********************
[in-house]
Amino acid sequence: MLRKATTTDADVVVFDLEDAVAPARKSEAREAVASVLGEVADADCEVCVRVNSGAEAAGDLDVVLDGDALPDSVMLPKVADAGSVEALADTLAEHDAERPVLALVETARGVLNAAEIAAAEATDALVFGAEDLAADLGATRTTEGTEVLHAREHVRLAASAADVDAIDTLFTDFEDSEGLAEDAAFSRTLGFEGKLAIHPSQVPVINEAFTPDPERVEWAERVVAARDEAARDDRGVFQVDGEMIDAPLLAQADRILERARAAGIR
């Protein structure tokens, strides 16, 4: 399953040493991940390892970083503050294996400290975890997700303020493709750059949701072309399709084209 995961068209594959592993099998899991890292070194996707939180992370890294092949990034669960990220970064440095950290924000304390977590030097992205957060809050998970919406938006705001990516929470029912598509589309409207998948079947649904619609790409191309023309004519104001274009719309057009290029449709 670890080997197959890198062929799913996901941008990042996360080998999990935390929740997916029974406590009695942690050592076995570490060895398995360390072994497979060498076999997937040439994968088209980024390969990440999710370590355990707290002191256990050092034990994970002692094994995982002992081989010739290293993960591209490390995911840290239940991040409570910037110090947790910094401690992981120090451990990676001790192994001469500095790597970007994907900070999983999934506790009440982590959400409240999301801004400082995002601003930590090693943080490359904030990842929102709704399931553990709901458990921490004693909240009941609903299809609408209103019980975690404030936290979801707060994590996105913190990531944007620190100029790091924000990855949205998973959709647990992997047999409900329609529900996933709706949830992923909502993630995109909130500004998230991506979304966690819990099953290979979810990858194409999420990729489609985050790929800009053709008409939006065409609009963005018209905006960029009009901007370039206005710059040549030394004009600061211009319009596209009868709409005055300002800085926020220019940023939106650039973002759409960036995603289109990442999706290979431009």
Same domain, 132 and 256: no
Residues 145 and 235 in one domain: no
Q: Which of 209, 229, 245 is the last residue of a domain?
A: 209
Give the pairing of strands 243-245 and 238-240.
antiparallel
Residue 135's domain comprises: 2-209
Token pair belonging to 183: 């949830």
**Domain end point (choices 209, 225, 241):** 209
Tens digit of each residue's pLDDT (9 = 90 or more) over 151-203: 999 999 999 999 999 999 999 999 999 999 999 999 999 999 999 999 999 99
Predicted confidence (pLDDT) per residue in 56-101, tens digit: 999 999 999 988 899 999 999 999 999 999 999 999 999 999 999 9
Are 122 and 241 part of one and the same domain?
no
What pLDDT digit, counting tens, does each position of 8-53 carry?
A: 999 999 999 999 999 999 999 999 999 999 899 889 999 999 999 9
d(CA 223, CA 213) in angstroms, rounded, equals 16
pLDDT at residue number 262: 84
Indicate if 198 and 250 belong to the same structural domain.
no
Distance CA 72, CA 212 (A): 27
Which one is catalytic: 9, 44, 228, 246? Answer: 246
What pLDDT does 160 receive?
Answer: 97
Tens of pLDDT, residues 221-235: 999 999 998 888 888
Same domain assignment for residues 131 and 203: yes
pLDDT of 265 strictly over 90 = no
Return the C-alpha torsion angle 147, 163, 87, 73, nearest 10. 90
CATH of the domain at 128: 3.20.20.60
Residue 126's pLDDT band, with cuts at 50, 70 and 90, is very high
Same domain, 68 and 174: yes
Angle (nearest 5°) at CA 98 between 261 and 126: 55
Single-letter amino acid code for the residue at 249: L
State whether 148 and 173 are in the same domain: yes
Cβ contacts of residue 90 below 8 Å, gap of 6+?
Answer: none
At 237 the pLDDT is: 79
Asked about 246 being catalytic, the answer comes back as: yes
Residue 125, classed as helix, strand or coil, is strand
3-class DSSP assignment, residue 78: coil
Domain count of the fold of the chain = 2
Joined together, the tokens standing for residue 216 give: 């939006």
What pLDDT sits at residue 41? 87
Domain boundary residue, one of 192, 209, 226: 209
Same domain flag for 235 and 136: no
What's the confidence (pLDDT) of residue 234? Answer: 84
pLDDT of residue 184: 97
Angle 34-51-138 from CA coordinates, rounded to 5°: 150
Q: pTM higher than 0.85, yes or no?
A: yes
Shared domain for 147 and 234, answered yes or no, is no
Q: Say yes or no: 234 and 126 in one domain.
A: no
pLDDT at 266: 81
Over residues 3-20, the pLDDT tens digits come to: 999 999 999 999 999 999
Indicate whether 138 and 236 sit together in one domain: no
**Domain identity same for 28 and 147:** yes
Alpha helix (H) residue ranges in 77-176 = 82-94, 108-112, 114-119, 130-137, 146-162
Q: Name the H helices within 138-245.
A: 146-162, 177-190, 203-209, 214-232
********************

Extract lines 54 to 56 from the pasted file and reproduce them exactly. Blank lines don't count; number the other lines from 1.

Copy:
Q: Say yes or no: 234 and 126 in one domain.
A: no
pLDDT at 266: 81